What's New

See What's New on the NISIC Web site by using our RSS feed (learn about RSS). Contains items of interest that have been added to our site, in order of most recent post date. Items are kept in this section for a period of two years from post date.

Note: Oct 24, 2013 -- We have migrated our What's New section to a new interface (Drupal). If you have previously bookmarked our What's New section (weblogs.nal.usda.gov/invasivespecies), please update your bookmark to the new location (http://www.invasivespeciesinfo.gov/whats-new).

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Use our Custom Search Engine to search for invasive species information included in the What's New section of NISIC's site:


National Geographic. News Watch.

Antarctica and the Southern Ocean may seem very far away from civilization, but they are at great risk of losing their unique qualities due to human activities. Warmer temperatures and human visitation are increasing the likelihood that invasive species can take up residence in the Antarctic, and potentially cause major changes. Two studies have found evidence of invasions both on land (from a midge) and at sea (from crabs). The remoteness of the Antarctic can no longer protect it from potentially destructive invaders.

* See our In the News section for more information and additional resources.

 
Post Date: Jan 14, 2013


DOI. USGS. Science Features.

The fungus, white-nose syndrome (WNS), that has killed millions of bats in eastern North America since 2006 can survive in the environment for long periods of time, according to new research. This research has important implications for managing WNS and vulnerable bat species by revealing the important role that the environment plays in the disease. The findings suggest that susceptible bats may not be able to effectively re-colonize caves and mines that have been previously contaminated and that the reintroduction of certain bat species to such sites may not be a sound strategy for reestablishing lost populations.

* See our In the News section for more information and additional resources.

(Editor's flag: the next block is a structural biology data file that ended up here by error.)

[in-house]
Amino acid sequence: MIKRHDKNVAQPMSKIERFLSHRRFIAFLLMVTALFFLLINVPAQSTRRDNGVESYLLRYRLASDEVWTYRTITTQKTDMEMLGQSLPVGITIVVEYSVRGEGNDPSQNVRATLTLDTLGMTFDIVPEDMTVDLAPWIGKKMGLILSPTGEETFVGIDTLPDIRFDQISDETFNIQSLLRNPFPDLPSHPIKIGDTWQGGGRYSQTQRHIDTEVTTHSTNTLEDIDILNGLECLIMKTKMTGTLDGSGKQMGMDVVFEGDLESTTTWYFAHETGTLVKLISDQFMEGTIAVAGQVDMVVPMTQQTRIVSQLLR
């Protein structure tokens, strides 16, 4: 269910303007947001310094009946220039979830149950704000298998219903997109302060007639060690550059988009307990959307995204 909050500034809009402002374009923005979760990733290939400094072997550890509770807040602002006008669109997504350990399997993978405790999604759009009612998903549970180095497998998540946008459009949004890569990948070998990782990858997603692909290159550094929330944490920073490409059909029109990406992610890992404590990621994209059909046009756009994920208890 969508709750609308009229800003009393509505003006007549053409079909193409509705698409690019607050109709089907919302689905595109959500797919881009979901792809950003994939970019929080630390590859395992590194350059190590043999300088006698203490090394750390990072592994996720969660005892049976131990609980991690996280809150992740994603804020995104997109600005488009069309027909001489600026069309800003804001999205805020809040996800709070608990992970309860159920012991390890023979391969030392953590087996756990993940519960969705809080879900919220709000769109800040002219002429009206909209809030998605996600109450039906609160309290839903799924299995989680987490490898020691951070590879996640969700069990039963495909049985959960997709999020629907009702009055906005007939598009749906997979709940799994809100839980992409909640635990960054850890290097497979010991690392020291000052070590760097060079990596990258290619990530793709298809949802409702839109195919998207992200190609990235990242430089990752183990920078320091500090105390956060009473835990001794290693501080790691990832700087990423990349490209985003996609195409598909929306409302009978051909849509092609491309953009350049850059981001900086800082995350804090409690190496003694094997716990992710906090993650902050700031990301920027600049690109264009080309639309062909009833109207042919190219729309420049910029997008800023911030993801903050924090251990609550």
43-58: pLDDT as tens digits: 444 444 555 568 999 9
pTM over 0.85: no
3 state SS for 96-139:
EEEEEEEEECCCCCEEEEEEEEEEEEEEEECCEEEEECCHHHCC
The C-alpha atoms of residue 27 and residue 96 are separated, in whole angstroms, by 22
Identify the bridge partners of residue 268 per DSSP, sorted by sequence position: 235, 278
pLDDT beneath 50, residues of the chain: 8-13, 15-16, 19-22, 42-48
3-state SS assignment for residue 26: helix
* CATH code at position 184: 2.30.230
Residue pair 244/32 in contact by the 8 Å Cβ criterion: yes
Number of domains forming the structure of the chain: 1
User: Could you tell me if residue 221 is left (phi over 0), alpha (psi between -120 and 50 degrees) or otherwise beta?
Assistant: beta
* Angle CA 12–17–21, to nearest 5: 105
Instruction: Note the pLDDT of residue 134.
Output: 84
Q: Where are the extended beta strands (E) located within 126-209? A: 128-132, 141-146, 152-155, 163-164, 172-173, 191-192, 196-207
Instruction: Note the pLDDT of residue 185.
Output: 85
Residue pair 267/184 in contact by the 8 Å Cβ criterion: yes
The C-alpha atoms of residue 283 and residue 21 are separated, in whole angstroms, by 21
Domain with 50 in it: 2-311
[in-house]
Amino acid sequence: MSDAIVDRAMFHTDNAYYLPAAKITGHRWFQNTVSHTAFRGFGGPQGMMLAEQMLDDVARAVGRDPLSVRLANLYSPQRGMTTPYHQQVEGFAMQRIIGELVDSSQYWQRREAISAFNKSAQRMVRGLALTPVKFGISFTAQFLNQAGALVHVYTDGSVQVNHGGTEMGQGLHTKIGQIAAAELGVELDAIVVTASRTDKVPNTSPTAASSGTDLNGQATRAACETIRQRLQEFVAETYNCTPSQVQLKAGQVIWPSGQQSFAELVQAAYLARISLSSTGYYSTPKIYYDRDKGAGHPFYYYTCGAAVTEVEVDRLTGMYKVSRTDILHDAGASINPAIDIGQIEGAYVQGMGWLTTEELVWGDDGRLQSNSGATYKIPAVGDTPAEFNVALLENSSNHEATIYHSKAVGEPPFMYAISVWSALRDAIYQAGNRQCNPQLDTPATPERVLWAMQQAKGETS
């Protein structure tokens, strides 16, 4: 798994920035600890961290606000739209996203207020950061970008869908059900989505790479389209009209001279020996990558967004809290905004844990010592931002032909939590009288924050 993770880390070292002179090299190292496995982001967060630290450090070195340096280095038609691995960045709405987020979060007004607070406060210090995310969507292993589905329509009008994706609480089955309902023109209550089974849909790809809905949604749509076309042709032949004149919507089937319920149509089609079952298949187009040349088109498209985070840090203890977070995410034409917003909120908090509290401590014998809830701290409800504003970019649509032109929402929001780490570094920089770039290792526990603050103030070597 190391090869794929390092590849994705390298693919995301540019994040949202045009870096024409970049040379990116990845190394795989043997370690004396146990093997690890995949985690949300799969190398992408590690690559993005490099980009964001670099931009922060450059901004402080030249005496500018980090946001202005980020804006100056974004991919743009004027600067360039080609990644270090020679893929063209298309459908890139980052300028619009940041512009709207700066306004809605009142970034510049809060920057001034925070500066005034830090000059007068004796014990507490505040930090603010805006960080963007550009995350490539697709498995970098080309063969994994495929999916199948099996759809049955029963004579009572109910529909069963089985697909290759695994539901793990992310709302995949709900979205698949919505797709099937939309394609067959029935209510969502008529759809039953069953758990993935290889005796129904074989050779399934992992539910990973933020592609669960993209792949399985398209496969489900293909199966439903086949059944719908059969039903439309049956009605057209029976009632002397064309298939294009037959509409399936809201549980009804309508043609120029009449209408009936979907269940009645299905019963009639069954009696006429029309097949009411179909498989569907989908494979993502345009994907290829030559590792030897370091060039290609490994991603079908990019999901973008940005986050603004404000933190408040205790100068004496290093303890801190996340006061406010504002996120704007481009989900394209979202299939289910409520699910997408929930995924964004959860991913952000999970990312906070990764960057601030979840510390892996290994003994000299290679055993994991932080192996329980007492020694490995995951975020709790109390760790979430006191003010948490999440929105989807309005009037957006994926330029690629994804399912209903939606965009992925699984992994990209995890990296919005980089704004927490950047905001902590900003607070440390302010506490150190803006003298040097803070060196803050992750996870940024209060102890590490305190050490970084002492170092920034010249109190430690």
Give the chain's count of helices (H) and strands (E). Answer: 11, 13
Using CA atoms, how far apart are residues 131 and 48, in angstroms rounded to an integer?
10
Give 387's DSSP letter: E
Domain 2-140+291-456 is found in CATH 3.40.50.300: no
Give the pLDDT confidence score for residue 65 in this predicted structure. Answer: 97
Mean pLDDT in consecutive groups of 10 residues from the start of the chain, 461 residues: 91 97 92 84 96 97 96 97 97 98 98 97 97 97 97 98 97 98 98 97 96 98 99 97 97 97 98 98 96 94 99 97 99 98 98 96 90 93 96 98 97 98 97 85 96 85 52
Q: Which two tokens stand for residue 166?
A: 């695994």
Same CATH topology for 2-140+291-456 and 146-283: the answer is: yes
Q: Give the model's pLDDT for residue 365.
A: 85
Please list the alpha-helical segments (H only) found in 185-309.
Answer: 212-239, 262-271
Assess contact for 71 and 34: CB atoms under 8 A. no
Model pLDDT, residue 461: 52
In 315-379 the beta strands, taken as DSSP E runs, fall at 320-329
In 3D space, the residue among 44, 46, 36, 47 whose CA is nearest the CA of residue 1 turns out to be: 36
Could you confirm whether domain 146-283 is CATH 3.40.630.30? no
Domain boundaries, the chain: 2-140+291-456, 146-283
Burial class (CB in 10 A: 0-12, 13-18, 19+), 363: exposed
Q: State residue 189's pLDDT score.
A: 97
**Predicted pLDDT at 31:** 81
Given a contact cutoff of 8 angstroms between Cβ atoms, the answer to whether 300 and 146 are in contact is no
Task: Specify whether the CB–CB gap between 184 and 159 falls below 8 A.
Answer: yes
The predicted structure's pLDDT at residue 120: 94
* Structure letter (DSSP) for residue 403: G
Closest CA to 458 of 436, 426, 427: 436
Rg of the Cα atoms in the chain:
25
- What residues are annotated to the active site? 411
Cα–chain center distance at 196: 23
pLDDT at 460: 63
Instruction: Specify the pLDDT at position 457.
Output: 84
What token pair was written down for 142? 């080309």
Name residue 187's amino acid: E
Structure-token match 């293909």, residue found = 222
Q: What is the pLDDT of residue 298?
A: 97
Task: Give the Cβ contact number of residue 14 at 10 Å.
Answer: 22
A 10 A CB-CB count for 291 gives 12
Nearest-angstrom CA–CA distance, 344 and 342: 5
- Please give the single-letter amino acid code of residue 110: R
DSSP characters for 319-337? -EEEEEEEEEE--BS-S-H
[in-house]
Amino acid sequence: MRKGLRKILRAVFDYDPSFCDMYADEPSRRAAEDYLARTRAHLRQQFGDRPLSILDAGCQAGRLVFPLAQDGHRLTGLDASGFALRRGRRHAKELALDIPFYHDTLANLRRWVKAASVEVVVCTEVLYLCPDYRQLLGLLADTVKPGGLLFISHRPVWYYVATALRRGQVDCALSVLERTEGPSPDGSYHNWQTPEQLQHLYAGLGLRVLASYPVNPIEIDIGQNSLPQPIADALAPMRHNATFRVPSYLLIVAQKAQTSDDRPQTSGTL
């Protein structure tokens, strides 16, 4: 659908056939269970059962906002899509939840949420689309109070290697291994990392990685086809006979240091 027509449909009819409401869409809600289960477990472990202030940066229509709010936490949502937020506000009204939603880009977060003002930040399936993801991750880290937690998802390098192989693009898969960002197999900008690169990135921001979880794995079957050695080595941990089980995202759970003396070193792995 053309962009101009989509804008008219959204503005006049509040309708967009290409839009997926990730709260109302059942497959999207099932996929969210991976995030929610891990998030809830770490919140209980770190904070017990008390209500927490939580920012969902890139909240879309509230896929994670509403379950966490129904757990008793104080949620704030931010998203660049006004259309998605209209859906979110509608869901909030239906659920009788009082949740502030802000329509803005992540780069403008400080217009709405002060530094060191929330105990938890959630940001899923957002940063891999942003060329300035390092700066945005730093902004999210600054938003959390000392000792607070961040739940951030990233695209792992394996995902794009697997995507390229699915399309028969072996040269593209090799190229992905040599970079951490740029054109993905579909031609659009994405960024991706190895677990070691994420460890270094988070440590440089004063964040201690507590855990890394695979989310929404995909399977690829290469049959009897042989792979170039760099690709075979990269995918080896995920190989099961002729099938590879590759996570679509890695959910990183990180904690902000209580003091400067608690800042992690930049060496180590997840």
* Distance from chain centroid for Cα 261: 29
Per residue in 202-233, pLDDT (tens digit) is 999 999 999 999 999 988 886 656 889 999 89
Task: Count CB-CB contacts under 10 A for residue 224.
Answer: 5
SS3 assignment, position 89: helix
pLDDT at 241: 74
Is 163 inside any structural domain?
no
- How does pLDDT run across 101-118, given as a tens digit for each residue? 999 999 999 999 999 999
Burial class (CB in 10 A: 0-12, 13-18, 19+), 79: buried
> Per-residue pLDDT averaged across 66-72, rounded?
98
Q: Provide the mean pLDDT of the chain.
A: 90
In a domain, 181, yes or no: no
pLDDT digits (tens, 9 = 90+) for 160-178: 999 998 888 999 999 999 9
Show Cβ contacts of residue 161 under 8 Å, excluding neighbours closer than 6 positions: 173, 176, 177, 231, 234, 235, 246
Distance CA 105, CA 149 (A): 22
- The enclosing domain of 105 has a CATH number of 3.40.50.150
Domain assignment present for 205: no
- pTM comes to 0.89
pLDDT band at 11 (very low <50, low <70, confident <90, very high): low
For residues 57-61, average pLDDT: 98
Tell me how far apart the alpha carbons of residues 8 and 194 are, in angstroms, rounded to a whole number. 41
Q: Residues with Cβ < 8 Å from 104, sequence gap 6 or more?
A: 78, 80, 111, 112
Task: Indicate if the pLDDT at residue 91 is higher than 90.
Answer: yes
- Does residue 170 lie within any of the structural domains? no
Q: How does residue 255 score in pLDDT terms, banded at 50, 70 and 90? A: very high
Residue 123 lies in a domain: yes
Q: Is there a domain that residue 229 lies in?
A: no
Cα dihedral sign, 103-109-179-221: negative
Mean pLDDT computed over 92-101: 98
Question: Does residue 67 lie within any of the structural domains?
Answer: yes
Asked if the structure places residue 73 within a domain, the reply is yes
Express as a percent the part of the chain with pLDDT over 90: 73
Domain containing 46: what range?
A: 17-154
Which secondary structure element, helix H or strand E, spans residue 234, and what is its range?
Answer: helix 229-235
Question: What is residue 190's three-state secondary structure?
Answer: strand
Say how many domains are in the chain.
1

Post Date: Jan 14, 2013


University of California - Davis.

Well-intentioned children and aquarium hobbyists seeking to "free" their pet fish down a toilet bowl or into a local waterway may inadvertently be contributing to the threat of invasive species downstream, according to a new report from the University of California, Davis. See Aquatic Invasive Species Vector Risk Assessments for more information.

* See our In the News section for more information and additional resources.

 
Post Date: Jan 10, 2013


Wildlife Foundation of Florida.

The intent of the 2013 Python Challenge™ is to raise public awareness about Burmese pythons and how this invasive species is a threat to the Everglades ecosystem, including native wildlife.

* See our In the News section for more information and additional resources.

 
Post Date: Jan 10, 2013


USDA. NAL. National Invasive Species Information Center.

Japanese barberry was introduced as an ornamental and promoted as a replacement for common barberry (Berberis vulgaris), which is a host for black stem rust. Japanese barberry forms dense stands that compete with native trees and herbaceous plants.

* See our Plants section for more information and additional species profiles.

 
Post Date: Jan 08, 2013


USDA. NAL. National Invasive Species Information Center.

Karnal bunt is a fungal disease that infects wheat, reducing quality and yield. Karnal bunt was first detected in the U.S. in 1996, possibly arrived from Mexico in shipments of contaminated grain.

* See our Microbes section for more information and additional species profiles.

 
Post Date: Jan 08, 2013


University of Minnesota. Collegeof Continuing Education.